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Italian Football Federation Vice-Chief Carlo Tavecchio Caught In Race Row

Tavecchio 600x399 Italian Football Federation Vice Chief Carlo Tavecchio Caught In Race Row

The leading candidate for Italian Football Federation president, Carlo Tavecchio, has drawn himself into a racism row following statements made this past Friday at the summer assembly of Italy’s amateur leagues.

The 71-year-old gave his thoughts on the influx of foreign players into Italy, something that has been a flashpoint topic in the country since the national team was eliminated from this year’s World Cup in Brazil.

Tavecchio, the Italian Football Federation vice-president and Amateur leagues president, suggested that Italy should replicate England’s stringent requirements for non-European Union players.

He referred to a hypothetical name and situation while stating: “In England, they identify the players coming in and, if they are professional, they are allowed to play.”

“Here instead, we get `Opti Poba’, who previously ate bananas and then suddenly becomes a first-team player with Lazio. That’s how it is here. In England, you need to demonstrate what you have on your CV and your pedigree.”

Tavecchio was later questioned by reporters about his comments and claimed he could not remember what he said in his speech.

“I can’t remember if I said the word ‘banana’ but I was referring to the CV and professionalism required by English football for players who come from Africa or other countries,” he said. “If anyone has interpreted my speech as offensive, I offer my apologies.”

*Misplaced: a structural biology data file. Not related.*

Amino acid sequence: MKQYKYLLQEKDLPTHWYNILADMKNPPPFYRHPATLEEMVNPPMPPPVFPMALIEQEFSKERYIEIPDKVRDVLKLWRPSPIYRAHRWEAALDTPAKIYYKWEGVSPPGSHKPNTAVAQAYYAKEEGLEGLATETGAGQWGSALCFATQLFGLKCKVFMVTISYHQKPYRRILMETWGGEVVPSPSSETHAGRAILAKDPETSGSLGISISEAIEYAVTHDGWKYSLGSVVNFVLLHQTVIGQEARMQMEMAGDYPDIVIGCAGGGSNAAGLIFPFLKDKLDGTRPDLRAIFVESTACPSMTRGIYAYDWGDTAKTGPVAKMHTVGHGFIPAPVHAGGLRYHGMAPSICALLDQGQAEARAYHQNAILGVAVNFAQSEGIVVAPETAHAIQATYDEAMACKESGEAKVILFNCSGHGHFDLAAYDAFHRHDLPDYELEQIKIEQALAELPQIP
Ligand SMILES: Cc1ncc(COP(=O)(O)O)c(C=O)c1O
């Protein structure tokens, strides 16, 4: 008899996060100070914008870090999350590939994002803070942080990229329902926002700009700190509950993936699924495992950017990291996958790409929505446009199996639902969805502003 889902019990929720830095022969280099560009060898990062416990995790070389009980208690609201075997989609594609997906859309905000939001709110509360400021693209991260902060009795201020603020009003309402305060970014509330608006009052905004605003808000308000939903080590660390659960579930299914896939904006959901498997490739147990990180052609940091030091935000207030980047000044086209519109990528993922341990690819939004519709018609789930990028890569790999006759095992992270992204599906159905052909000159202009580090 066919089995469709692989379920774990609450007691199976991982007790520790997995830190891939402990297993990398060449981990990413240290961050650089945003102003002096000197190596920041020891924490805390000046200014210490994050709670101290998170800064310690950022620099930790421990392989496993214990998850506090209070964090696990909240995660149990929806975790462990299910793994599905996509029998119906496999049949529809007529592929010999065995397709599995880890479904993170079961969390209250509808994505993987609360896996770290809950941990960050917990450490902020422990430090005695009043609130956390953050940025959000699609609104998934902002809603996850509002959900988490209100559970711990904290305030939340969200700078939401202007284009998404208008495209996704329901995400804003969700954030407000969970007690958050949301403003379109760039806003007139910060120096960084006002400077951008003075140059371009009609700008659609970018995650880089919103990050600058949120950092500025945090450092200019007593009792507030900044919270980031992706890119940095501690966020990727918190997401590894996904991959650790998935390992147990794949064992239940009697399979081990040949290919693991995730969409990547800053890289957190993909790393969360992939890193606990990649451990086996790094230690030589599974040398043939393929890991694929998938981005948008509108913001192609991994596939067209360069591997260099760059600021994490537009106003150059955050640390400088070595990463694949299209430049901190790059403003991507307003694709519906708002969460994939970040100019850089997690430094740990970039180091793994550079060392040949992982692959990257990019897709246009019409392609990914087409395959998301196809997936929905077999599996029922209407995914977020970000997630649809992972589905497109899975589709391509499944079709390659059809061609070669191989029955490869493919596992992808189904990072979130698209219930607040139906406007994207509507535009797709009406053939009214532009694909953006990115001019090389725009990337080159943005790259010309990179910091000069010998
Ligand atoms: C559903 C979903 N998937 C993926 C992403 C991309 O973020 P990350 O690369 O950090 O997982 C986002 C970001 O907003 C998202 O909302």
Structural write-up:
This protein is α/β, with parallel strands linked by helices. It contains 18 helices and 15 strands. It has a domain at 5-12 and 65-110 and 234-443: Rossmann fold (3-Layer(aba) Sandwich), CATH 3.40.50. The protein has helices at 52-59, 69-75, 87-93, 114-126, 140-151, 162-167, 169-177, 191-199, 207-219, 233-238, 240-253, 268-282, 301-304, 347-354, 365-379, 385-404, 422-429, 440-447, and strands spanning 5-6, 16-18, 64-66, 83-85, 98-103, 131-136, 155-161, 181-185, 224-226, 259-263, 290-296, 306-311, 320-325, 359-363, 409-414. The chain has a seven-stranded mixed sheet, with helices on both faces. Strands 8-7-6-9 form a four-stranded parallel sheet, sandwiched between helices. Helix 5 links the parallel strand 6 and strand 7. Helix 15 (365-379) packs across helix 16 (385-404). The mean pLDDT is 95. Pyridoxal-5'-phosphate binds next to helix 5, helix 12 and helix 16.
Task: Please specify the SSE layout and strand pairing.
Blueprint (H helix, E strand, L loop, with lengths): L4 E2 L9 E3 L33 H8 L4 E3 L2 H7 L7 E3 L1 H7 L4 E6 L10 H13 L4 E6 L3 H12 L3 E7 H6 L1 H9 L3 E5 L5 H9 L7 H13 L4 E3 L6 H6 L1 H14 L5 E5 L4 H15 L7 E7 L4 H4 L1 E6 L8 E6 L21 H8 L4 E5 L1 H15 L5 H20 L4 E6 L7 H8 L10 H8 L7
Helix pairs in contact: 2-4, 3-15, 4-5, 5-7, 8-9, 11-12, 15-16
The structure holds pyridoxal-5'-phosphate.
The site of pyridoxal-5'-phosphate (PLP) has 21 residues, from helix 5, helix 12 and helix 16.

Just a few days ago, Tavecchio was considered the favorite to be the next Italian football president. Now, he is facing criticism from various groups and politicians in Italy.

Cecile Kyenge is an Italian citizen, born in the Democratic Republic of Congo, who was the target of repeated racial slurs upon her appointment as Italy’s minister of integration.

Kyenge gave her thoughts on vice-chief’s statement: “Tavecchio would do well to remember that words, especially when said by people who have important roles in institutions, have both weight and consequences.”

“It’s sad, it seems as though he lost the sense of what he wanted to say, his ability to analyse what he was saying and the effect of what certain phrases can have on others,” she added. “Those in positions of power should remember their role of educator and pay attention to what they’re saying.”

Damiano Tommasi, president of the Italian Footballer’s Association also denounced Tavecchio and his comments.

The former Italian international midfielder said: “I am disconcerted by Tavecchio’s comments on bananas and Opti Poba. I don’t know whether to be even more shocked by the silence that surrounded them.”

“I have received a number of phone calls of protest from Italian and foreign players who are just astounded by this.”

Despite the controversy, Tavecchio is still believed to be the favorite to beat Demetrio Albertini, a former AC Milan player and Italian international, to the presidential seat following an August 11th vote.


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About Peter Quinn

Although a college basketball coach for sixteen years on the NCAA Division I and II levels, Peter has been an avid football fan for more than half his life. He considers himself a student of coaching and team management. As well as coaching, Peter has spent time working in Sports Information at various colleges and universities. His articles on European football have been picked up by International Business Times UK and USA Today. Twitter: @CoachPeteQuinn
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